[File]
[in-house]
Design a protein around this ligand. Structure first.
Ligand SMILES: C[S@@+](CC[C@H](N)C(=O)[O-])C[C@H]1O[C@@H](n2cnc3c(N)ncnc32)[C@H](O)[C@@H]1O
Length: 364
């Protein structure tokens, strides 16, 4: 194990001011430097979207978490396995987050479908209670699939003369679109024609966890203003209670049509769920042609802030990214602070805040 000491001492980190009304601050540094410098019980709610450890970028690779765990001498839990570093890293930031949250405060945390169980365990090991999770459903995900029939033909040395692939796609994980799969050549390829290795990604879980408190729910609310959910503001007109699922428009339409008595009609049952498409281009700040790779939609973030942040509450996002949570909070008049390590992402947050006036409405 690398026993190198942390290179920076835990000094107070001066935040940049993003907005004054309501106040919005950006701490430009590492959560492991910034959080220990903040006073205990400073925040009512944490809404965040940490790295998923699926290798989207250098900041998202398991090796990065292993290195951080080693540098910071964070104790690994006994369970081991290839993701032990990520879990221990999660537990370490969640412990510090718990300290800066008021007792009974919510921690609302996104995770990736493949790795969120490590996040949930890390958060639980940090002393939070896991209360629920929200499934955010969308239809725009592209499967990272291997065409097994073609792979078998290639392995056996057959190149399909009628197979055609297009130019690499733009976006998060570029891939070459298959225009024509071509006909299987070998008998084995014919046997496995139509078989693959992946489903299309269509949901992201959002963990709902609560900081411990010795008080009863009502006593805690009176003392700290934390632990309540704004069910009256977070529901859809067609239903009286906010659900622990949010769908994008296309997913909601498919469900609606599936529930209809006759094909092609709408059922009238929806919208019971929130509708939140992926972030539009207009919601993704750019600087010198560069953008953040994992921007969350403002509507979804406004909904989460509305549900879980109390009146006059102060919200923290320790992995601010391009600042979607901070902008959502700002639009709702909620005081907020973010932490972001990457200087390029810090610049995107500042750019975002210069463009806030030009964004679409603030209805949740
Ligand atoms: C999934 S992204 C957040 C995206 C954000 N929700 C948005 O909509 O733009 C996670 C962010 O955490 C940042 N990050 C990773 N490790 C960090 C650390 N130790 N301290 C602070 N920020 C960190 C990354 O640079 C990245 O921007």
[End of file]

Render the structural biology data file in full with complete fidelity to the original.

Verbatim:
[in-house]
Design a protein around this ligand. Structure first.
Ligand SMILES: C[S@@+](CC[C@H](N)C(=O)[O-])C[C@H]1O[C@@H](n2cnc3c(N)ncnc32)[C@H](O)[C@@H]1O
Length: 364
């Protein structure tokens, strides 16, 4: 194990001011430097979207978490396995987050479908209670699939003369679109024609966890203003209670049509769920042609802030990214602070805040 000491001492980190009304601050540094410098019980709610450890970028690779765990001498839990570093890293930031949250405060945390169980365990090991999770459903995900029939033909040395692939796609994980799969050549390829290795990604879980408190729910609310959910503001007109699922428009339409008595009609049952498409281009700040790779939609973030942040509450996002949570909070008049390590992402947050006036409405 690398026993190198942390290179920076835990000094107070001066935040940049993003907005004054309501106040919005950006701490430009590492959560492991910034959080220990903040006073205990400073925040009512944490809404965040940490790295998923699926290798989207250098900041998202398991090796990065292993290195951080080693540098910071964070104790690994006994369970081991290839993701032990990520879990221990999660537990370490969640412990510090718990300290800066008021007792009974919510921690609302996104995770990736493949790795969120490590996040949930890390958060639980940090002393939070896991209360629920929200499934955010969308239809725009592209499967990272291997065409097994073609792979078998290639392995056996057959190149399909009628197979055609297009130019690499733009976006998060570029891939070459298959225009024509071509006909299987070998008998084995014919046997496995139509078989693959992946489903299309269509949901992201959002963990709902609560900081411990010795008080009863009502006593805690009176003392700290934390632990309540704004069910009256977070529901859809067609239903009286906010659900622990949010769908994008296309997913909601498919469900609606599936529930209809006759094909092609709408059922009238929806919208019971929130509708939140992926972030539009207009919601993704750019600087010198560069953008953040994992921007969350403002509507979804406004909904989460509305549900879980109390009146006059102060919200923290320790992995601010391009600042979607901070902008959502700002639009709702909620005081907020973010932490972001990457200087390029810090610049995107500042750019975002210069463009806030030009964004679409603030209805949740
Ligand atoms: C999934 S992204 C957040 C995206 C954000 N929700 C948005 O909509 O733009 C996670 C962010 O955490 C940042 N990050 C990773 N490790 C960090 C650390 N130790 N301290 C602070 N920020 C960190 C990354 O640079 C990245 O921007």